As millions of Americans ponder quitting newly launched fitness resolutions after finding it tough to squeeze in toning workouts or sweat off a few extra pounds, researchers implore: Don’t give up. Just pump out 20 minutes a day of any kind of exercise—take a brisk walk, jog, lift weights—and stop sitting so much.
Results can bring a healthier, more youthful feeling of well-being, akin to what explorer Juan Ponce de León sought in the Americas long ago.
In a recently completed study published in the Archives of Internal Medicine, researchers followed up with more than 18,000 middle-aged men and women that had been tested an average of 26 years earlier for cardiorespiratory fitness via a treadmill test. They compared those results with the individuals’ current Medicare data at the Cooper Institute Clinic, in Dallas, Texas.
“We found those who were fitter had a much lower rate of heart failure, chronic kidney disease, Alzheimer’s, diabetes, certain kinds of colon cancer and coronary artery disease,” says coauthor Dr. Benjamin Willis. “Fit people that did become ill did so at a much later age than their non-fit counterparts. They were able to enjoy a healthier life longer.”
Researchers found that for every higher MET fitness level (standard metabolic equivalent, a unit for measuring fitness related to the amount of oxygen used by the body during physical activity), the risk of chronic disease decreased by about 6 percent. “So those that can raise their fitness levels by three METs have an estimated 18 to 20 percent reduced risk of developing a chronic disease,” Willis explains.
The take-away message is, “Just move,” says study co-author Dr. Laura DeFina. The Centers for Disease Control and Prevention (CDC) recommends investing in a weekly total of 150 to 300 minutes of moderate exercise or 75 to 150 minutes of vigorous exercise, either of which can be broken down into two or three 10-minute increments a day, DeFina confirms.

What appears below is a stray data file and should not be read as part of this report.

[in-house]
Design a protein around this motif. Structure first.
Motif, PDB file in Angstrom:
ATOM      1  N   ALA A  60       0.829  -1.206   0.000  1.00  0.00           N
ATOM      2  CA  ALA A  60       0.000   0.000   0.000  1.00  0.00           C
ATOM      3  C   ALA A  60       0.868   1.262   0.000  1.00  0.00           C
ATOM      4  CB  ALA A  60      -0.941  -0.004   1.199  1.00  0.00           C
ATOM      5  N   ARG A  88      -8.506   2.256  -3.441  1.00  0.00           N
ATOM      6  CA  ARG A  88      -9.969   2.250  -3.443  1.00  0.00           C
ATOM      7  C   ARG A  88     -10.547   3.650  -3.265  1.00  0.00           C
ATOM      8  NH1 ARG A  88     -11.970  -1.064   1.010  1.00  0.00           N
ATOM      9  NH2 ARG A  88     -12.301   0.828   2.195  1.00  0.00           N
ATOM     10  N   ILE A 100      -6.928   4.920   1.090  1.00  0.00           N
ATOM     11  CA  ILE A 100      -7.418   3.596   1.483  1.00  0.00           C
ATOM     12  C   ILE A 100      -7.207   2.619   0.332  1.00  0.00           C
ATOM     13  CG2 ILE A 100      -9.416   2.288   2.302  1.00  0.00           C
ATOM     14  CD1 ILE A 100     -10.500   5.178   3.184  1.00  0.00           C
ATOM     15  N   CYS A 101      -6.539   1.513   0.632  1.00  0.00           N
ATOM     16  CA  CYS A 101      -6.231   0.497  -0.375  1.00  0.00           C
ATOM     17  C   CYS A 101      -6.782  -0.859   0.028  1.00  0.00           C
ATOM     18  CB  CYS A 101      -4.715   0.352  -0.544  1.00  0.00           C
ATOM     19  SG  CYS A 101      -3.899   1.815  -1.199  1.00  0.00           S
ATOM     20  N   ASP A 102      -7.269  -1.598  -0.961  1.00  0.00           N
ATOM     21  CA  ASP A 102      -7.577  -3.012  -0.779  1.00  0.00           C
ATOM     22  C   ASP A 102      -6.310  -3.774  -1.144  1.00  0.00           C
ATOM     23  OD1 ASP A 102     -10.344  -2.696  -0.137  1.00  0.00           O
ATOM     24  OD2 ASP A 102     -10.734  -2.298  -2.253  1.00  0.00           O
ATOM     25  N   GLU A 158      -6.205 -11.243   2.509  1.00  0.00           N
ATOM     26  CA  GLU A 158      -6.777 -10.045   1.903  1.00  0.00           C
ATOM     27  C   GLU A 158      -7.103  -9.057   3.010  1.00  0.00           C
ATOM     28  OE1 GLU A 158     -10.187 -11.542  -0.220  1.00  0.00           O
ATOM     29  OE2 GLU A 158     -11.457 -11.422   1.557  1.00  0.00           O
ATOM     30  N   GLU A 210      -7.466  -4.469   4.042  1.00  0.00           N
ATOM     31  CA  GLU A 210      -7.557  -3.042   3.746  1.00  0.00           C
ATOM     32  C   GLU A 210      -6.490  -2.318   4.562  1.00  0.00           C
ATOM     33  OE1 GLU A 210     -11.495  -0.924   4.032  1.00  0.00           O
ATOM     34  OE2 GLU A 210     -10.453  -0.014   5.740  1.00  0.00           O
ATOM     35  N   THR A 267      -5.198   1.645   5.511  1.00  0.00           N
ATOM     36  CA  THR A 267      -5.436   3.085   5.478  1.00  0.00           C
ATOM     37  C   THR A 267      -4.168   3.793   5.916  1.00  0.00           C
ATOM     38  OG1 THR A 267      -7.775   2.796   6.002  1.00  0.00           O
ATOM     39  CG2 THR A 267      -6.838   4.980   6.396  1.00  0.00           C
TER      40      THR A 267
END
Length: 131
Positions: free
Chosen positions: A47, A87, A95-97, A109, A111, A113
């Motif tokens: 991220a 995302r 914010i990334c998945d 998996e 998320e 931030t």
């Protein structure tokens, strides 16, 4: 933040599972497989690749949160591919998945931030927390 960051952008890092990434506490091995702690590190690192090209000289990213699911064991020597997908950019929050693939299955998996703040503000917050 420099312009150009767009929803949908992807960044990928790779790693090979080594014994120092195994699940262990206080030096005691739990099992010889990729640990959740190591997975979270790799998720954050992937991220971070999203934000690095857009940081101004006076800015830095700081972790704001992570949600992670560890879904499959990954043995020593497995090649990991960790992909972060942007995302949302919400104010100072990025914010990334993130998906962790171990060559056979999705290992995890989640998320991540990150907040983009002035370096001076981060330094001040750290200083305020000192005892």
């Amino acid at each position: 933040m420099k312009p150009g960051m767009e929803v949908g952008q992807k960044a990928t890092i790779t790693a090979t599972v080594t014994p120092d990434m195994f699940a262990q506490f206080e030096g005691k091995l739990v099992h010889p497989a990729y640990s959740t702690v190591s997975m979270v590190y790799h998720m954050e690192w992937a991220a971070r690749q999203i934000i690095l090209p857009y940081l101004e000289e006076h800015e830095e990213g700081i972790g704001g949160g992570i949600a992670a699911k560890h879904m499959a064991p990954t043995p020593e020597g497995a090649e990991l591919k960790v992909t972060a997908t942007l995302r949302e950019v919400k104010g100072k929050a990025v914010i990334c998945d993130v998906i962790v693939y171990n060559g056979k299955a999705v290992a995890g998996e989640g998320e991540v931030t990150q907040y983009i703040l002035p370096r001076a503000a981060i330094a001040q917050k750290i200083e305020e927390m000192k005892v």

As simple as it sounds, few people are doing it, something New York Times fitness columnist Gretchen Reynolds underscores in her recent book, The First 20 Minutes: Surprising Science Reveals How We Can: Exercise Better, Train Smarter, Live Longer. “Most of us sit an average of eight hours a day, whether it’s at a desk or in front of a television,” Reynolds says. “The human body was not meant to be sedentary.” More than three-quarters of Americans are not meeting exercise recommendations, with one-quarter remaining completely sedentary, the CDC reports. Breaking this cycle does not need to be difficult, Reynolds notes. “You get the benefits from just moving. Start by standing up more and moving around in your office.”
Reynolds, who hops on one foot while brushing her teeth and reads standing up using a music stand, says studies have shown that bad things happen to bodies that sit for long stints, even those that start each day with an hour of exercise, and good things happen to bodies that stand often, even if it’s just for two minutes every half-hour. “For instance, when you stand, the big muscles in your legs and back contract, releasing enzymes that stabilize blood sugar,” Reynolds says, echoing findings of a study of more than 120,000 men and women published in the American Journal of Epidemiology. The researchers found that the combination of both sitting more and being less physically active was associated with a significant increase in accelerated death rate, particularly in women, at 94 percent, as well as men, at 48 percent.
As Reynolds’ book title suggests, the majority of health benefits are derived from the first 20 minutes of exercise and begin to flatten out after 30 minutes or so. Dr. Carl Lavie, medical director of cardiac rehabilitation and prevention at the Ochsner Medical Center, in New Orleans, points out that this timeframe supports general health. He and Reynolds agree that to reach specific goals, such as increased running speed or dramatic weight loss, moderate levels won’t do the trick, so do more, if possible.
The most vital message, experts agree, is to do something every day, consistently. Willis observes that, “The effects can quickly reverse if you stop.”